Link to the problem on UVa Online Judge

Presumably you have read the problem. You have to count the number of unique 3-letter subsequences of input string. For example if AABCD is given then AAB, AAC, AAD, ABC, ABD, ACD and BCD are unique subsequences of it. How many 3-letter strings do we have at all? 26 choices for the first letter, 26 choices for the second letter and 26 choices for the third letter, overall we have roughly 18,000 3-letter strings. We can generate them with three nested for loops. Next we have to find out whether a generated 3-letter string is a subsequence of the input string or not?

How shall we do this? The naive solution is to use nested loops to find out whether these 3 letters are a subsequence of input or not, which is very expensive for us, so we can't use this method.

Let's say we want to check whether BHK is a subsequence of the input or not. Do you agree we have to match 'B' with the first occurrence of 'B' in the input? It is the best choice. Let's say we have matched 'B' from BHK with a 'B' at position 1500 from input. Now we have to find a 'H' which is to the right of 1500th position, what if there are several 'H's to the right of this position? Again, isn't it the best solution to match 'H' with the nearest 'H' after index 1500? It is the best choice, because if we match this 'H' with a farther 'H' we might lose the chance to match 'K' with any 'K's at all.

So it seems for each index we need the nearest index of each character that occurs after it, for example nextIndex[position][character]. nextIndex[position][character] is -1 if there are no character's in range [position...length] or index of the nearest character to position.

Presumably you have read the problem. You have to count the number of unique 3-letter subsequences of input string. For example if AABCD is given then AAB, AAC, AAD, ABC, ABD, ACD and BCD are unique subsequences of it. How many 3-letter strings do we have at all? 26 choices for the first letter, 26 choices for the second letter and 26 choices for the third letter, overall we have roughly 18,000 3-letter strings. We can generate them with three nested for loops. Next we have to find out whether a generated 3-letter string is a subsequence of the input string or not?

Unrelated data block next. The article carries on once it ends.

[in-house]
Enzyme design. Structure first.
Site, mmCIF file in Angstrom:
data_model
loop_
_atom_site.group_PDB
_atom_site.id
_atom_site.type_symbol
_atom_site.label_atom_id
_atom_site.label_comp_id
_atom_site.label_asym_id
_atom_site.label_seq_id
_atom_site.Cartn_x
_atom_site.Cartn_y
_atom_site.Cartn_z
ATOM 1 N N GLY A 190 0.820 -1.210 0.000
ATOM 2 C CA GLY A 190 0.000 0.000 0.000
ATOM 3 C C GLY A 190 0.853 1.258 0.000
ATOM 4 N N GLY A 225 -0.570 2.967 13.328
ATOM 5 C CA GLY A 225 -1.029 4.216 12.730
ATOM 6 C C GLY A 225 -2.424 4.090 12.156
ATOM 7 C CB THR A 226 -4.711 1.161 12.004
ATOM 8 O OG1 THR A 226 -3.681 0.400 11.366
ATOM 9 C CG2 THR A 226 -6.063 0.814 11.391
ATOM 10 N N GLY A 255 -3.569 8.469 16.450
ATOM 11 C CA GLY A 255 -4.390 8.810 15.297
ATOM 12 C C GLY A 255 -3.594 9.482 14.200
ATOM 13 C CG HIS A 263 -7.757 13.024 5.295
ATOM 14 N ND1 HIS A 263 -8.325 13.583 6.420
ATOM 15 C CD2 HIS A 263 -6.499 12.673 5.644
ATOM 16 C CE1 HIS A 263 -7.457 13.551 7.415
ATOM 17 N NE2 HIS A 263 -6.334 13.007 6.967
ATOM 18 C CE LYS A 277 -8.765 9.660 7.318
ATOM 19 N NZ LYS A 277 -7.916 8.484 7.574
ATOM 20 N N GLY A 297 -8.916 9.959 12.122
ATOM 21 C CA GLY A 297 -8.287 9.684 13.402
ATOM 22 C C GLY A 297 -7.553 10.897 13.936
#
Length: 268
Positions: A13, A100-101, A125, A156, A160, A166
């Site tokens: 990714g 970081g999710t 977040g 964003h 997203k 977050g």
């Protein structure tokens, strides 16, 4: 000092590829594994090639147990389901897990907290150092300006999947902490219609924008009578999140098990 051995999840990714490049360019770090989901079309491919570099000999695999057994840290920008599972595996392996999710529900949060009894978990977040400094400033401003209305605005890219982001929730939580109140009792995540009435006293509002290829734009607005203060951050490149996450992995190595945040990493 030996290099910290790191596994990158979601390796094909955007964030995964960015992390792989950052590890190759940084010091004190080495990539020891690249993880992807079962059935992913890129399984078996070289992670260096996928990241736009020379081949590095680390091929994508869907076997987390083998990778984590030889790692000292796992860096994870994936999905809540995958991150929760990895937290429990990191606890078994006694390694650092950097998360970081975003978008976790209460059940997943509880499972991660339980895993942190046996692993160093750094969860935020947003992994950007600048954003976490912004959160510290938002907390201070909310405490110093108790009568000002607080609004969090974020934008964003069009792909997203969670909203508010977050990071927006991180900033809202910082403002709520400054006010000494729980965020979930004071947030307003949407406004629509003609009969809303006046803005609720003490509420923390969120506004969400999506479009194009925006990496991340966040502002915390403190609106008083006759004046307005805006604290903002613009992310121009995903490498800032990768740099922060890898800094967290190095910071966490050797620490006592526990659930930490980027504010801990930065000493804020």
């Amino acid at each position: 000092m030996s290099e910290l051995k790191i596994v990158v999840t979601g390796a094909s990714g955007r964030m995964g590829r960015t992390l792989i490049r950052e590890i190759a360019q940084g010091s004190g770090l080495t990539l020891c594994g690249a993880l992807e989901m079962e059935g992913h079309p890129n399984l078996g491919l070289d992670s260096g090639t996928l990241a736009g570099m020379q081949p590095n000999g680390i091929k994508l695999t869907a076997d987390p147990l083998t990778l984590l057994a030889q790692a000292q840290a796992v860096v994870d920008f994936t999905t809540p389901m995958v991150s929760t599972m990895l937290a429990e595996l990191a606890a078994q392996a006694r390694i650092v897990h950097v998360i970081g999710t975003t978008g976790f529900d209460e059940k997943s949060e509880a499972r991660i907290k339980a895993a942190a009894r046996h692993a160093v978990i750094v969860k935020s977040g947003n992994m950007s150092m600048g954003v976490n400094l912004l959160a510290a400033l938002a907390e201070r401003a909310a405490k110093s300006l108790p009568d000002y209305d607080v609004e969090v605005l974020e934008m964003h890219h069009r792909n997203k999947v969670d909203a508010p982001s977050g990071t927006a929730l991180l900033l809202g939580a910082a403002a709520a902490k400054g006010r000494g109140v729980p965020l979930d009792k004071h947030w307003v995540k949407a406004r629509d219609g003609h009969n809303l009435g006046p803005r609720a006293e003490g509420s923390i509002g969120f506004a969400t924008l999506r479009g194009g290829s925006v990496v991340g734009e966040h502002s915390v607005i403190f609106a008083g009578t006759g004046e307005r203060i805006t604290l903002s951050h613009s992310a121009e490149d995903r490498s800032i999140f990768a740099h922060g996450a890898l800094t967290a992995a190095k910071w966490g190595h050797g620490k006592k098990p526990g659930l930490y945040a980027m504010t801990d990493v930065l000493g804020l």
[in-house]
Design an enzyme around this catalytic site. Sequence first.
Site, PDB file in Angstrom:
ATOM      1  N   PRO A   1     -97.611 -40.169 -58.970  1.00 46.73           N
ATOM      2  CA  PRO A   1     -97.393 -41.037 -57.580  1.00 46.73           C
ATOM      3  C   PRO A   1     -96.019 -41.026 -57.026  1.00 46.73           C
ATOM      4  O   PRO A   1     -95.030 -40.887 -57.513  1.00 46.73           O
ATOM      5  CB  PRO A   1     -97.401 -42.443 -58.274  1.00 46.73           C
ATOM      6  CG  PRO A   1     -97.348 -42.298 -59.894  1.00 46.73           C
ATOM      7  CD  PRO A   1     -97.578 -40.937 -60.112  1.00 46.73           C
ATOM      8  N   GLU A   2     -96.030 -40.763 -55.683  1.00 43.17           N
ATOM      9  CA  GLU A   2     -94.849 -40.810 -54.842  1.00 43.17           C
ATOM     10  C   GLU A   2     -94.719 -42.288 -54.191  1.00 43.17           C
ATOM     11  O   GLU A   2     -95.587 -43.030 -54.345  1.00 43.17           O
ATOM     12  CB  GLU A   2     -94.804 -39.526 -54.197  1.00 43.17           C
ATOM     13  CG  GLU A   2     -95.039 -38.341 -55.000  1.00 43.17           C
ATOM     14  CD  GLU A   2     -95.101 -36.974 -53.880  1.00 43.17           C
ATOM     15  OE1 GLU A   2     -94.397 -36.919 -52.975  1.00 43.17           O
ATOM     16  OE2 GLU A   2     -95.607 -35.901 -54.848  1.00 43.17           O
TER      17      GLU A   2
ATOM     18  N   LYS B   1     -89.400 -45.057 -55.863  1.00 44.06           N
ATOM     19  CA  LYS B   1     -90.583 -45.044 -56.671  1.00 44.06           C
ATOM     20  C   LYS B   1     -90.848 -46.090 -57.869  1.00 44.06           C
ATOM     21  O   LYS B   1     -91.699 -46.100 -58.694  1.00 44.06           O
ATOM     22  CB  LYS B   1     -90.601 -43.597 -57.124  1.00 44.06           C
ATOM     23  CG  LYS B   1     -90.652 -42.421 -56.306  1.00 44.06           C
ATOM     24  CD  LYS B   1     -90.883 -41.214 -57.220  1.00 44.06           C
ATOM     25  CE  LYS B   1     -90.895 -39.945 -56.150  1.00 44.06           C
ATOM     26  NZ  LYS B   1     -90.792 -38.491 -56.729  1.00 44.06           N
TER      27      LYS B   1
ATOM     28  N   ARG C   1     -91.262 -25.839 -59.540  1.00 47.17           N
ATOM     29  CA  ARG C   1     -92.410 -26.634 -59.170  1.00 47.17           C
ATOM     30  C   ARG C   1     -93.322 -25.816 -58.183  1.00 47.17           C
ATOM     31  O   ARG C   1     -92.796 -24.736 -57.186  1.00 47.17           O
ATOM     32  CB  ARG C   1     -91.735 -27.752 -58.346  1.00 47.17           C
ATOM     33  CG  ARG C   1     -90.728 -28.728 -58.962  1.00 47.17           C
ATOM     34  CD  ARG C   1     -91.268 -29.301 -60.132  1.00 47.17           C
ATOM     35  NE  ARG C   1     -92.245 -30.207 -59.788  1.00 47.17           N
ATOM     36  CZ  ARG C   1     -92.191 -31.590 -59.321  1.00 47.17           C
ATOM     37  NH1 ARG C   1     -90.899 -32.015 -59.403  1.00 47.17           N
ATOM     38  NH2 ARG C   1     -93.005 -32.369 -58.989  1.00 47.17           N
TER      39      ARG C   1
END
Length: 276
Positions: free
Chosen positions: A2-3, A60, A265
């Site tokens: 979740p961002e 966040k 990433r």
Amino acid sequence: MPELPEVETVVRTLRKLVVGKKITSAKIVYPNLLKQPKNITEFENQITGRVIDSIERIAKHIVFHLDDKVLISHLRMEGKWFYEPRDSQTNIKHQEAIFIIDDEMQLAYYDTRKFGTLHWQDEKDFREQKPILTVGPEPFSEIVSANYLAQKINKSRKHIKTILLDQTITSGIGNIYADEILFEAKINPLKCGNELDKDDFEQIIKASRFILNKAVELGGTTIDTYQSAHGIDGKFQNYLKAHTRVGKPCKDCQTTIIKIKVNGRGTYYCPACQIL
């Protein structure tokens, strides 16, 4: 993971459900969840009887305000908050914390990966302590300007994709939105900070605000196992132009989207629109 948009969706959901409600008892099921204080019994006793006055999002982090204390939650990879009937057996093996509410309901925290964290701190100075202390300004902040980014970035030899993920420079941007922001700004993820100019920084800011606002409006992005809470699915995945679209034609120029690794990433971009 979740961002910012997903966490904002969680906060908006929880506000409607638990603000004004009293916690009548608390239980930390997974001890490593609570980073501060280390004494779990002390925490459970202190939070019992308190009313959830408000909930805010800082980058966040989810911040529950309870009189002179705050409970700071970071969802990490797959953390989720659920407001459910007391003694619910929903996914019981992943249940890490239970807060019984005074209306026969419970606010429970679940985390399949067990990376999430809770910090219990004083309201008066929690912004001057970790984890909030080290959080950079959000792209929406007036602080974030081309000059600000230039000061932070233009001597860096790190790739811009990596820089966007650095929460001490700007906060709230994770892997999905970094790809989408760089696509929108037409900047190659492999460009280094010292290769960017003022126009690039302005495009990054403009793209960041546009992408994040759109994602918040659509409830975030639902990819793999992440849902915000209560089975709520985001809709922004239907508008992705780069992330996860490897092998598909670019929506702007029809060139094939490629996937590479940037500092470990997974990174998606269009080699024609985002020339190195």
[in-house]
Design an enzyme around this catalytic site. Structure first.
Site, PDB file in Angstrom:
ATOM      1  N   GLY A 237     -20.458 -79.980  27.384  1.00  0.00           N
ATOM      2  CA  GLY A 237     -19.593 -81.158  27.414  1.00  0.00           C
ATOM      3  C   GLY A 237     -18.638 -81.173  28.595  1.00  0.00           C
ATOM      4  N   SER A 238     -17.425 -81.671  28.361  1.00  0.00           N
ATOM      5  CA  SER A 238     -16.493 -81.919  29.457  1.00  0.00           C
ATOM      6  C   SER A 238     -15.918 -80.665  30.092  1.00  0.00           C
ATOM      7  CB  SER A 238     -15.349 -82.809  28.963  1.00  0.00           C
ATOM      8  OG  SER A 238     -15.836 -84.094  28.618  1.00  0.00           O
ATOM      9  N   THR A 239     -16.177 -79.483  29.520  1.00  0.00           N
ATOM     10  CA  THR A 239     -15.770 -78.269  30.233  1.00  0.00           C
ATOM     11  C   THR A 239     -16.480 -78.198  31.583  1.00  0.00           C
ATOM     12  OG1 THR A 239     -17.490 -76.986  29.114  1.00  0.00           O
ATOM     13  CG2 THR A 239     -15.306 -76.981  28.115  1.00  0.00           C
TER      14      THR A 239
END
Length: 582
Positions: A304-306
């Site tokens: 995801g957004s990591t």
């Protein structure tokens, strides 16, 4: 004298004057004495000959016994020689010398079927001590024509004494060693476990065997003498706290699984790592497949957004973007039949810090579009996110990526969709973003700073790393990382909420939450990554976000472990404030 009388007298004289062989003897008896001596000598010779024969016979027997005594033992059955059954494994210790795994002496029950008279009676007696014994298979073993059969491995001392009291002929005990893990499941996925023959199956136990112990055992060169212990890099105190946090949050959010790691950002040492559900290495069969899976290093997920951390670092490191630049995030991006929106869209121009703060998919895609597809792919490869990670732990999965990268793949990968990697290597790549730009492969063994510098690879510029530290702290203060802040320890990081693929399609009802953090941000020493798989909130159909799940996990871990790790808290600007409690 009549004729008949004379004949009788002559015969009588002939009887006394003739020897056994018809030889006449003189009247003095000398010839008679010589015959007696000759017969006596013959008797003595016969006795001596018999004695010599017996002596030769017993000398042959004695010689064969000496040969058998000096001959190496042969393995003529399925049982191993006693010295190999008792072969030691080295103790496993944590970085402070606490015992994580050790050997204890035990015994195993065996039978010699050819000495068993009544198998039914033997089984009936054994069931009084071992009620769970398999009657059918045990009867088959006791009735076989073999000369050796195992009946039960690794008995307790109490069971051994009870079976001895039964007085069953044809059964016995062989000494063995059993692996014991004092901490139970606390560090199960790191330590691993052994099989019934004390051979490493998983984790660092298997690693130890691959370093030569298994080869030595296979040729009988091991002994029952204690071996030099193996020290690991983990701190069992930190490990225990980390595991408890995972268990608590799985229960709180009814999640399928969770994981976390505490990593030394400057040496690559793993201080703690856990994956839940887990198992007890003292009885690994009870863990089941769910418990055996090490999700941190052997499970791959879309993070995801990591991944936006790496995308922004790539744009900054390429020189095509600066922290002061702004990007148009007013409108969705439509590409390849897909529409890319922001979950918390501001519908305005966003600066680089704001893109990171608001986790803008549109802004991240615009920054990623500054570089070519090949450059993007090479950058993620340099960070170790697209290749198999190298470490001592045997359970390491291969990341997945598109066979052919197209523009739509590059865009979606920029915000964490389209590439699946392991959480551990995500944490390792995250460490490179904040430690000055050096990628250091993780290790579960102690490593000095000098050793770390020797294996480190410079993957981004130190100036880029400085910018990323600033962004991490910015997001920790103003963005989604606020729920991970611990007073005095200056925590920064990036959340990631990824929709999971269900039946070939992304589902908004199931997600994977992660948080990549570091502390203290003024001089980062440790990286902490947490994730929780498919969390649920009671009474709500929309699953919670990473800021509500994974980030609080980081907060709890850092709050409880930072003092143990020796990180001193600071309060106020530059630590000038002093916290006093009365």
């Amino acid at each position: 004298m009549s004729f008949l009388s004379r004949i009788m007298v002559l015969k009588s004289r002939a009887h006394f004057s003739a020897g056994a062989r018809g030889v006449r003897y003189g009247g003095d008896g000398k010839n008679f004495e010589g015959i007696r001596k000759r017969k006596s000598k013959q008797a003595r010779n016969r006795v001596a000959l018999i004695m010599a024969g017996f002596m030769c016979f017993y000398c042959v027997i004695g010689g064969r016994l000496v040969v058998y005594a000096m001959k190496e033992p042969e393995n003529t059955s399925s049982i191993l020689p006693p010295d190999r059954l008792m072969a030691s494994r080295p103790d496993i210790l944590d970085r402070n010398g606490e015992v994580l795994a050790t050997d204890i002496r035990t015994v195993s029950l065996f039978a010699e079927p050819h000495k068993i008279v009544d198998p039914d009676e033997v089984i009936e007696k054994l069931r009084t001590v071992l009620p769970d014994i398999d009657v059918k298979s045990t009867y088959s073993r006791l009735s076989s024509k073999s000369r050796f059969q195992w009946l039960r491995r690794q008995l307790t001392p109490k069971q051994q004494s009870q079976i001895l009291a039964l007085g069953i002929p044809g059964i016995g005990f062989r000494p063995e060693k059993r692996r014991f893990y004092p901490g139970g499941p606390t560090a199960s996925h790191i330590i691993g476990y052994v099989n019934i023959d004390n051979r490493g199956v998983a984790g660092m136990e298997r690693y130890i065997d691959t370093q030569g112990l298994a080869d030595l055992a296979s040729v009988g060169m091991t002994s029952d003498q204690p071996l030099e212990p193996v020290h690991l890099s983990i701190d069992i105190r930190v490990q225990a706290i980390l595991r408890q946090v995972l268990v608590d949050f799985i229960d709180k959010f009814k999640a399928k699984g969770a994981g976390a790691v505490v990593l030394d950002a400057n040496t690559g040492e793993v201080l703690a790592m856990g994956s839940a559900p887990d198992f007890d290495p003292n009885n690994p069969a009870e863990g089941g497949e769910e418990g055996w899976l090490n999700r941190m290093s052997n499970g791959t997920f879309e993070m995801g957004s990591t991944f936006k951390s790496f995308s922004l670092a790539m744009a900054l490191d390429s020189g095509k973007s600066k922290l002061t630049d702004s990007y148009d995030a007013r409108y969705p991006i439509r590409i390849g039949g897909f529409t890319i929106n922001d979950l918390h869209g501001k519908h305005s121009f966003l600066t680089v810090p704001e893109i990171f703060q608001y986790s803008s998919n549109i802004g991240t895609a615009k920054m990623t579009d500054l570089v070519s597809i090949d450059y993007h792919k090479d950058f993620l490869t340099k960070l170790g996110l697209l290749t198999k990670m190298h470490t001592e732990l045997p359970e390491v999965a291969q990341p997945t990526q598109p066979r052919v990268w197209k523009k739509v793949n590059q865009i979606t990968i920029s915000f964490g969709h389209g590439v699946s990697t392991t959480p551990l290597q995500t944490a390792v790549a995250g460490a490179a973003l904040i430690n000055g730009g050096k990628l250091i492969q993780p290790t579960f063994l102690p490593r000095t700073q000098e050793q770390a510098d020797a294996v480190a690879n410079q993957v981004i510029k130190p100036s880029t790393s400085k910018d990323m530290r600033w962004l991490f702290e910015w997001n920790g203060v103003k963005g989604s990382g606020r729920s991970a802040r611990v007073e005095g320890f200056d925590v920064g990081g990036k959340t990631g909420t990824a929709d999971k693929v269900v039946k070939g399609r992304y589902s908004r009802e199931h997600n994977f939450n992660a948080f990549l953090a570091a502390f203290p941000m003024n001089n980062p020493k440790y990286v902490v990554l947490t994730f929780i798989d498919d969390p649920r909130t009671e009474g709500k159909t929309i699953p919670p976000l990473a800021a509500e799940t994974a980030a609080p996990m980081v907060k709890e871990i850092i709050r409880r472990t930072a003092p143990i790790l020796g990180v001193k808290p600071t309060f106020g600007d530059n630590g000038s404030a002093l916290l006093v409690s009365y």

How shall we do this? The naive solution is to use nested loops to find out whether these 3 letters are a subsequence of input or not, which is very expensive for us, so we can't use this method.

Let's say we want to check whether BHK is a subsequence of the input or not. Do you agree we have to match 'B' with the first occurrence of 'B' in the input? It is the best choice. Let's say we have matched 'B' from BHK with a 'B' at position 1500 from input. Now we have to find a 'H' which is to the right of 1500th position, what if there are several 'H's to the right of this position? Again, isn't it the best solution to match 'H' with the nearest 'H' after index 1500? It is the best choice, because if we match this 'H' with a farther 'H' we might lose the chance to match 'K' with any 'K's at all.

So it seems for each index we need the nearest index of each character that occurs after it, for example nextIndex[position][character]. nextIndex[position][character] is -1 if there are no character's in range [position...length] or index of the nearest character to position.

We calculate nextIndex like this picture. First position has no idea about the nearest character after it, so it asks position+1 about them, the only character position knows about is s[position], so it updates it to position.

And this is how we can find out whether a string of size M is a subsequence of another string of size N with O(M) for each query.